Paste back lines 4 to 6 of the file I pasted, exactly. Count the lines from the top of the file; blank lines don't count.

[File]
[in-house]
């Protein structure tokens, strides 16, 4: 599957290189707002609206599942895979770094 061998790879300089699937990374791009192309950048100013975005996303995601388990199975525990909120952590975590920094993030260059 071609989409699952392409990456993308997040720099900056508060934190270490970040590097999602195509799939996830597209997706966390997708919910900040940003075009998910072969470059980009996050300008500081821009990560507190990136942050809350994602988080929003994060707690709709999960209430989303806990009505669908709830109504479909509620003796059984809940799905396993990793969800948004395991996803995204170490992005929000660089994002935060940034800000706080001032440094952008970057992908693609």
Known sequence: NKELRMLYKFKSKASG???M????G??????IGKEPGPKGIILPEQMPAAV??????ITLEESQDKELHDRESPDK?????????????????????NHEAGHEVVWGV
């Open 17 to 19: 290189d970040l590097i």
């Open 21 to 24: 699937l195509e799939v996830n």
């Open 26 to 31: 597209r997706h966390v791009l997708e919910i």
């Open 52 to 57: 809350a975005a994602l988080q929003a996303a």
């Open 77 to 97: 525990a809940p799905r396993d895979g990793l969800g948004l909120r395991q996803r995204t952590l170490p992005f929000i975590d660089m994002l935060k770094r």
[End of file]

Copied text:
């Open 17 to 19: 290189d970040l590097i």
């Open 21 to 24: 699937l195509e799939v996830n």
């Open 26 to 31: 597209r997706h966390v791009l997708e919910i």